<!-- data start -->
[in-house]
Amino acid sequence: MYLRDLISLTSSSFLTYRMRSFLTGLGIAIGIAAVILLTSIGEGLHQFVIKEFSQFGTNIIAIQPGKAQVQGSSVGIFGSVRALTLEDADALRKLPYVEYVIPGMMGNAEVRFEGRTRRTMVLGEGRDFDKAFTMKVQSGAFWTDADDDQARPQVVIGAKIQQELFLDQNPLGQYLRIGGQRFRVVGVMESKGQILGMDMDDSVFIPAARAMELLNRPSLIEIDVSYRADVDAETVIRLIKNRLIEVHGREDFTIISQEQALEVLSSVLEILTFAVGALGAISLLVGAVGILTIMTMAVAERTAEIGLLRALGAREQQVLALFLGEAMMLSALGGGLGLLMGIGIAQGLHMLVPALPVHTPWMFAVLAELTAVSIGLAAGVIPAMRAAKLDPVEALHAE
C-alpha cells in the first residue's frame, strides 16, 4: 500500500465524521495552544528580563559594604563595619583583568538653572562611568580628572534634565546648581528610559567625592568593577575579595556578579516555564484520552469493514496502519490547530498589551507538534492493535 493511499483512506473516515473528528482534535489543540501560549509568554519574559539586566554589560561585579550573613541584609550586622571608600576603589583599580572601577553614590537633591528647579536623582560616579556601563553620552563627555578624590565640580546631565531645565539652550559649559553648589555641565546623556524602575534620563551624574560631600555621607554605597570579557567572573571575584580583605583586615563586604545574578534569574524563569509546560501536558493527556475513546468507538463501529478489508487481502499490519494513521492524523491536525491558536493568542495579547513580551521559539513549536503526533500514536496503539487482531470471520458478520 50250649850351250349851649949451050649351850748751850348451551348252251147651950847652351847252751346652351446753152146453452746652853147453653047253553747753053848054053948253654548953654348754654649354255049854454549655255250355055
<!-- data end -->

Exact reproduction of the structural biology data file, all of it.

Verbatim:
[in-house]
Amino acid sequence: MYLRDLISLTSSSFLTYRMRSFLTGLGIAIGIAAVILLTSIGEGLHQFVIKEFSQFGTNIIAIQPGKAQVQGSSVGIFGSVRALTLEDADALRKLPYVEYVIPGMMGNAEVRFEGRTRRTMVLGEGRDFDKAFTMKVQSGAFWTDADDDQARPQVVIGAKIQQELFLDQNPLGQYLRIGGQRFRVVGVMESKGQILGMDMDDSVFIPAARAMELLNRPSLIEIDVSYRADVDAETVIRLIKNRLIEVHGREDFTIISQEQALEVLSSVLEILTFAVGALGAISLLVGAVGILTIMTMAVAERTAEIGLLRALGAREQQVLALFLGEAMMLSALGGGLGLLMGIGIAQGLHMLVPALPVHTPWMFAVLAELTAVSIGLAAGVIPAMRAAKLDPVEALHAE
C-alpha cells in the first residue's frame, strides 16, 4: 500500500465524521495552544528580563559594604563595619583583568538653572562611568580628572534634565546648581528610559567625592568593577575579595556578579516555564484520552469493514496502519490547530498589551507538534492493535 493511499483512506473516515473528528482534535489543540501560549509568554519574559539586566554589560561585579550573613541584609550586622571608600576603589583599580572601577553614590537633591528647579536623582560616579556601563553620552563627555578624590565640580546631565531645565539652550559649559553648589555641565546623556524602575534620563551624574560631600555621607554605597570579557567572573571575584580583605583586615563586604545574578534569574524563569509546560501536558493527556475513546468507538463501529478489508487481502499490519494513521492524523491536525491558536493568542495579547513580551521559539513549536503526533500514536496503539487482531470471520458478520 50250649850351250349851649949451050649351850748751850348451551348252251147651950847652351847252751346652351446753152146453452746652853147453653047253553747753053848054053948253654548953654348754654649354255049854454549655255250355055